Manufactured homes have also come a long way from the basic single and double-wide days. While newer manufactured homes may not be as customizable as modular homes, they still come in a variety of architectural styles, floor plans, and add-ons that can meet your needs.

Financing Modular And Manufactured Homes

Mortgages are loans secured by real estate or land, and the permanent fixtures built on it. Modular homes are placed on a permanent foundation. Once a modular home is assembled, it’s treated exactly like a site-built home so it can be financed through a regular mortgage. When it comes to a manufactured home, well, not so much. The difference comes down to the legal definitions of real property and personal property.

Rocket Mortgage® offers financing on manufactured homes built on or after June 15, 1976 that are permanently affixed to real property and have a HUD tag. FHA loans for manufactured homes require a foundation inspection according to the standards set by the Permanent Foundations Guide for Manufactured Housing. If you've had a prior inspection, that can be used to qualify.


Essentially, personal property is movable property and real property is immovable property – land and anything attached to the land. Some lenders do not finance the purchase of manufactured homes because the land on which they sit is generally rented, and the home itself can be moved. Thus, it is not considered real property.


While conventional loans are a common way to finance manufactured homes, there are certain circumstances where FHA or VA loans may be available.

Complying With Local Zoning Laws

Modular homes are subject to the same zoning laws as site-built homes, another characteristic that makes them more like traditional homes than manufactured ones.

Manufactured homes are constructed according to a code administered by the U.S. Department of Housing and Urban Development (HUD) and the local building code. The foundation for manufactured homes is also up to local code. When it comes to zoning, this means that local ordinances on land use can restrict where manufactured homes can be placed. For example, if a manufactured home is built for a specific state and the buyer cancels their order, the home must be resold to a buyer in that state.

Modular And Manufactured Homes Vs. Mobile Homes 

There are different construction methods and standards when it comes to mobile, modular, and manufactured homes.

The term “trailer” no longer accurately represents what manufactured homes are. In 1976 Congress authorized the National Manufactured Housing Construction and Safety Standards Act which authorized HUD to establish construction standards for manufactured homes. Today we refer to mobile homes or trailers as “manufactured homes.”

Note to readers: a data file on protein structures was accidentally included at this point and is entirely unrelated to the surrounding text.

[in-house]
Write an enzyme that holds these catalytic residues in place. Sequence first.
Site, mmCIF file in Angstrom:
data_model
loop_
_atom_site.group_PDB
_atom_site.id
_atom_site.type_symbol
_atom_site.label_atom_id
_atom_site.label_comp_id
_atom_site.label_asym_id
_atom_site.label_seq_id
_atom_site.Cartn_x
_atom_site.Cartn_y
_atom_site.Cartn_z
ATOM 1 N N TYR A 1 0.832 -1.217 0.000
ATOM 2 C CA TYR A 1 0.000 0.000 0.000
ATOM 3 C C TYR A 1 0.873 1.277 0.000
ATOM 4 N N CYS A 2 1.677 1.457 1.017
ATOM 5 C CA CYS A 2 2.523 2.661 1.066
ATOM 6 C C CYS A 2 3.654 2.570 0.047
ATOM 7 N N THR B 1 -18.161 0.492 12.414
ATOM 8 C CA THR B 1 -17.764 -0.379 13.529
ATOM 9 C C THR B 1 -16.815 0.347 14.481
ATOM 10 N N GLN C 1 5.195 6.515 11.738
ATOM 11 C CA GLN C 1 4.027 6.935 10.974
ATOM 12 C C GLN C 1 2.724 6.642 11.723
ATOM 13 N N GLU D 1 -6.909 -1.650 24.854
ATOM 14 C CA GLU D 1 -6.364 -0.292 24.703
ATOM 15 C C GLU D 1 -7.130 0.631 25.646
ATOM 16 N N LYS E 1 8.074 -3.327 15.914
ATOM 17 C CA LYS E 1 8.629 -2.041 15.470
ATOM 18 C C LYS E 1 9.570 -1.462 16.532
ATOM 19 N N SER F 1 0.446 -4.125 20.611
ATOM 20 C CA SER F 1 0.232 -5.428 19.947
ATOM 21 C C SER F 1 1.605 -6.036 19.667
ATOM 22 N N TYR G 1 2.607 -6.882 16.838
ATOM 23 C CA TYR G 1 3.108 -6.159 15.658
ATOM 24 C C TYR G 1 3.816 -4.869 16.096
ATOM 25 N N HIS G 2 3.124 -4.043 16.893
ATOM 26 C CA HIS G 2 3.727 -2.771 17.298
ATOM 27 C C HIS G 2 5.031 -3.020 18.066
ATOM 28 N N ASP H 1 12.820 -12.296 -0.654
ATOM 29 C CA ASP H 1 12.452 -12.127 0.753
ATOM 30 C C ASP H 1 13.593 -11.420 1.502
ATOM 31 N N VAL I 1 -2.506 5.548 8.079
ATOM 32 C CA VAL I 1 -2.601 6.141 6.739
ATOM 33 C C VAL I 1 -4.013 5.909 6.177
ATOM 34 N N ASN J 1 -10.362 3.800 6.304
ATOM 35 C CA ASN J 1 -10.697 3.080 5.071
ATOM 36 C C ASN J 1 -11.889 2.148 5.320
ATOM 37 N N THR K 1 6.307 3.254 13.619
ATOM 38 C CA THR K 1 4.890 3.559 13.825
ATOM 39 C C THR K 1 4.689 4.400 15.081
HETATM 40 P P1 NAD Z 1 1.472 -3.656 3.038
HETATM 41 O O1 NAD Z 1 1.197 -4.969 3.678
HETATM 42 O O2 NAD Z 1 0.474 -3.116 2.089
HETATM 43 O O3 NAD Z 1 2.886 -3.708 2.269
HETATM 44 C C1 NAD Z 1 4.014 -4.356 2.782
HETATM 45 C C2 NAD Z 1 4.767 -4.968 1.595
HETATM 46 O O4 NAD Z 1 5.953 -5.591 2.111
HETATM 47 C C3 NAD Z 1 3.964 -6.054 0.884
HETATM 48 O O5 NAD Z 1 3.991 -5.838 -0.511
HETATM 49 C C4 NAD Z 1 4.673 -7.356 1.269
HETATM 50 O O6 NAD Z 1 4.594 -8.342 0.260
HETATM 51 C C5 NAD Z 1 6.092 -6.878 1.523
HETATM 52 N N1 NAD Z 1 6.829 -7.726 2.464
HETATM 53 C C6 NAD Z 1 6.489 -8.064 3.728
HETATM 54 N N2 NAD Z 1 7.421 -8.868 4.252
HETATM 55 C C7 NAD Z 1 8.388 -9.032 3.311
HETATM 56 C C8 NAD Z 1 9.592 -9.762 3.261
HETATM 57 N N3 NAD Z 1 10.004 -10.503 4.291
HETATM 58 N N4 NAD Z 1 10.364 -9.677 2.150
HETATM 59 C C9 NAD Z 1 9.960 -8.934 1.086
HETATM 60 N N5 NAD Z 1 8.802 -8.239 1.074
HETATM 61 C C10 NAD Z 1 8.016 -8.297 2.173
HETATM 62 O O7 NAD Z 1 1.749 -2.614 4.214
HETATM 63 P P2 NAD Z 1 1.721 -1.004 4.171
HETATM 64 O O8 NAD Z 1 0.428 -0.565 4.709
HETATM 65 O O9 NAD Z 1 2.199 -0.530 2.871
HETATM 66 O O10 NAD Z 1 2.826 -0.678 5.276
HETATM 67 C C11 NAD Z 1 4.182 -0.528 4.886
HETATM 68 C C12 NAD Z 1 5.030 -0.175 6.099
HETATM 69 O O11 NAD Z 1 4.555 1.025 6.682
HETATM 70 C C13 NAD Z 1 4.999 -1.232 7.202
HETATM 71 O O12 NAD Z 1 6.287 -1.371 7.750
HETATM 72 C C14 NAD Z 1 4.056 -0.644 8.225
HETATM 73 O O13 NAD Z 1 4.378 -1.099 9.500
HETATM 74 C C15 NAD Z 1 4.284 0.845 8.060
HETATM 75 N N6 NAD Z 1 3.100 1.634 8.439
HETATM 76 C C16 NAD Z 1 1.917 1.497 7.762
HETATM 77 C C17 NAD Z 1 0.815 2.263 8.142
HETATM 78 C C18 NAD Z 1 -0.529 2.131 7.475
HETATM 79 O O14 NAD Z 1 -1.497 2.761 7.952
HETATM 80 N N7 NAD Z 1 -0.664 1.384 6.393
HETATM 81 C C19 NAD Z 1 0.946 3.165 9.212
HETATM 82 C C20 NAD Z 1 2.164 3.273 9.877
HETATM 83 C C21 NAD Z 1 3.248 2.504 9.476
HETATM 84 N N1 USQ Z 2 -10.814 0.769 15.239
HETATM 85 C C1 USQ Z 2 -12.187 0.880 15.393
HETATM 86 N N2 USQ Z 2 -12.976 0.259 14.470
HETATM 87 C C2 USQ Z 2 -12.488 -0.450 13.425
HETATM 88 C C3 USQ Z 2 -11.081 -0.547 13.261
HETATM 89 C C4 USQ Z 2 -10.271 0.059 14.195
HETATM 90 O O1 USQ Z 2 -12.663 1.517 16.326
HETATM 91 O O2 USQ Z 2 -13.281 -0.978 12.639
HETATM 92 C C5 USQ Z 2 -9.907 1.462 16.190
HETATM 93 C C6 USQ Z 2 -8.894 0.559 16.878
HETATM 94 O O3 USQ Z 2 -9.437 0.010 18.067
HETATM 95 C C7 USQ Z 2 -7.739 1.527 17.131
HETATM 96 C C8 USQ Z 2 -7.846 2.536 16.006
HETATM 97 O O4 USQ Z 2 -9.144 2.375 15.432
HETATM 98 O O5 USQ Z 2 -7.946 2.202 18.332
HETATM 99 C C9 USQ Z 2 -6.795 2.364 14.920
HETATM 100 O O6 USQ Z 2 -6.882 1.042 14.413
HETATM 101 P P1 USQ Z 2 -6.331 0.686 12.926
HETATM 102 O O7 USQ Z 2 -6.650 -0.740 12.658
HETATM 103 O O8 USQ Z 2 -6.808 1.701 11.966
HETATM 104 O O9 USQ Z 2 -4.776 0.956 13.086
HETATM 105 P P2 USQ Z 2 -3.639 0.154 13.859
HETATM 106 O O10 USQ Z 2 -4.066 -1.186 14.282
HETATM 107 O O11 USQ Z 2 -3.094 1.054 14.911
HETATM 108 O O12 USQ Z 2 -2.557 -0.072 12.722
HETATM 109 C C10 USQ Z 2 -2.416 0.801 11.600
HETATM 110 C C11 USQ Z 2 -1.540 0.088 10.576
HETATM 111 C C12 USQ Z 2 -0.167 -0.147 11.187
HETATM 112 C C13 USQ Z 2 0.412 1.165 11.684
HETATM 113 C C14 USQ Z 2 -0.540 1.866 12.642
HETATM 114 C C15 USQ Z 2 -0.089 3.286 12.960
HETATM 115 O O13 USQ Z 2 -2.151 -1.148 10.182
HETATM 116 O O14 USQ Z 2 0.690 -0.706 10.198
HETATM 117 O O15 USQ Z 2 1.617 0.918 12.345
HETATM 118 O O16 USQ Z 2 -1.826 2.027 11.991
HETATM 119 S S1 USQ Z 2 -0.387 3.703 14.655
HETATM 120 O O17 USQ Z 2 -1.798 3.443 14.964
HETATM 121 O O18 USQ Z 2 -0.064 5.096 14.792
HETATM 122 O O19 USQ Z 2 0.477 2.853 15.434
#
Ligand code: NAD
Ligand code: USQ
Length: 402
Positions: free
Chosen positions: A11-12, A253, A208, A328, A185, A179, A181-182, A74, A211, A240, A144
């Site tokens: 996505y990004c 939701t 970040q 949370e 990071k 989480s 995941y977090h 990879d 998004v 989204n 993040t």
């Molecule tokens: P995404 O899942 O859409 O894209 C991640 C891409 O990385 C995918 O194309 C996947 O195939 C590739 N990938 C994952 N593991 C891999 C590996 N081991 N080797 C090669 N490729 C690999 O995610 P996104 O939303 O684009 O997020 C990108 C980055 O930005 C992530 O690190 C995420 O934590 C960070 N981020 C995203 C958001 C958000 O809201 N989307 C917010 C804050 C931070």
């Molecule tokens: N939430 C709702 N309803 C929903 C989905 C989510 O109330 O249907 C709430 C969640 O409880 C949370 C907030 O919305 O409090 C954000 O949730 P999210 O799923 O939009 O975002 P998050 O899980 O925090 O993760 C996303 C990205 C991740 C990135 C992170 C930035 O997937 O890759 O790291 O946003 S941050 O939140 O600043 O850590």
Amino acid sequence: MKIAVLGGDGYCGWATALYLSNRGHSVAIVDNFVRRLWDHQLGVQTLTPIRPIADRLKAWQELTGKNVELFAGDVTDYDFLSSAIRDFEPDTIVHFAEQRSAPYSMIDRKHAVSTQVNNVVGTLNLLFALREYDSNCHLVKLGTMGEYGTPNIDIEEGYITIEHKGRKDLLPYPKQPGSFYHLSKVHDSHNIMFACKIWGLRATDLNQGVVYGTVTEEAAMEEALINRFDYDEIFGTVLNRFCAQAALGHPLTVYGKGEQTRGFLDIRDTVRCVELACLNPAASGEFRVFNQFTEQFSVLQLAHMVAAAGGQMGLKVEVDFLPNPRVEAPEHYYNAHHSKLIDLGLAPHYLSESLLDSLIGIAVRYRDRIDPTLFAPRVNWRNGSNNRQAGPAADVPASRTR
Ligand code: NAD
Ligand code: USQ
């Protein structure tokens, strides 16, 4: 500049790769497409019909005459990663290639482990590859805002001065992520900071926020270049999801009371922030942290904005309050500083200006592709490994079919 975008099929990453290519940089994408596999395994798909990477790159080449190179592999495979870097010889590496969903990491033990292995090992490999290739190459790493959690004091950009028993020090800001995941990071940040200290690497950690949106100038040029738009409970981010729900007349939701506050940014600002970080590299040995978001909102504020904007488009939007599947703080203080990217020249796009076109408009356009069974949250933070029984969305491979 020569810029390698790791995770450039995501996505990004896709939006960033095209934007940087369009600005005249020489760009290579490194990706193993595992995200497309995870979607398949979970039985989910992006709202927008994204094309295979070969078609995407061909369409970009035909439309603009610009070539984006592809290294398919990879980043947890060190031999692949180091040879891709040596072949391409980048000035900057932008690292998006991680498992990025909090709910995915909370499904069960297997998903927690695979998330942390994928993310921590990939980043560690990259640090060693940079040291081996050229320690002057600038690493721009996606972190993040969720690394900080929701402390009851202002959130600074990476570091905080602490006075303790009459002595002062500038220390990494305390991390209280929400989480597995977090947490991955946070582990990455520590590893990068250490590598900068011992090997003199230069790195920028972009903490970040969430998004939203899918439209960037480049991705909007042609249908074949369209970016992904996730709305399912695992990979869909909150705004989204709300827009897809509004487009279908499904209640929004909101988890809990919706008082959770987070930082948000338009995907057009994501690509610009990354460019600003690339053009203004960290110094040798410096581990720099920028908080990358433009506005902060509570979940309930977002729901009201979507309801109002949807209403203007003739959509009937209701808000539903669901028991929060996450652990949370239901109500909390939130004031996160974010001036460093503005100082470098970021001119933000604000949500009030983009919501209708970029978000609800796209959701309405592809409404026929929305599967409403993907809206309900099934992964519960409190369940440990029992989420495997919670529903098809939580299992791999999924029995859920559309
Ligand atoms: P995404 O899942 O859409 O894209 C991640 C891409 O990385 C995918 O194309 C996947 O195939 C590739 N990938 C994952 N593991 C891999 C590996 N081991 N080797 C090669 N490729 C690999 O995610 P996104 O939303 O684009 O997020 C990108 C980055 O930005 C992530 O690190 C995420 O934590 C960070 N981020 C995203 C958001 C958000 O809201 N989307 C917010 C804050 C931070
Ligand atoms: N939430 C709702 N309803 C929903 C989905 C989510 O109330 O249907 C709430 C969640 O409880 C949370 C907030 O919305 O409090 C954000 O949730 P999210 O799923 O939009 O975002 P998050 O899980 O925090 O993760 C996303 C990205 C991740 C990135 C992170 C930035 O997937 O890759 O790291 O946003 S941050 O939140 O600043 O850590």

Mobile homes or trailers built prior to June 15, 1976, would not likely pass today’s building standards. The manufactured homes we finance must have been built after this date in 1976. Today’s modern modular and manufactured home is built for longevity. Congress intended to protect the quality, fire resistance, energy efficiency, durability, safety and affordability of manufactured homes by setting a standard to follow for the industry. It established uniform performance-based construction standards and encouraged cost-effective and innovative construction techniques. HUD also established a program to provide resolution of disputes between consumers, retailers and manufacturers.

The Bottom Line: Understand The Pros And Cons Of Modular And Manufactured Homes Before You Buy

There are a lot of options when it comes to modular and manufactured homes. If you’re looking for a home that will appreciate over time, with a lot of options for upgrades and expansion, a modular home could be the perfect fit for your family.

If you’re more interested in saving money and flexibility, a manufactured home may be the better option for the family on the move. Home buying can be overwhelming, so don’t go at it alone. Check out the Rocket Mortgage Learning Center to learn more about home buying tips.

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Carey Chesney

Carey Chesney is a Realtor® and freelance writer that brings a wealth of experience as a former Marketing Executive in the fields of Health Care, Finance and Wellness. Carey received his Bachelor's in English at University of Wisconsin-Madison and his Masters in Integrated Marketing & Communications at Eastern Michigan University. You can connect with Carey at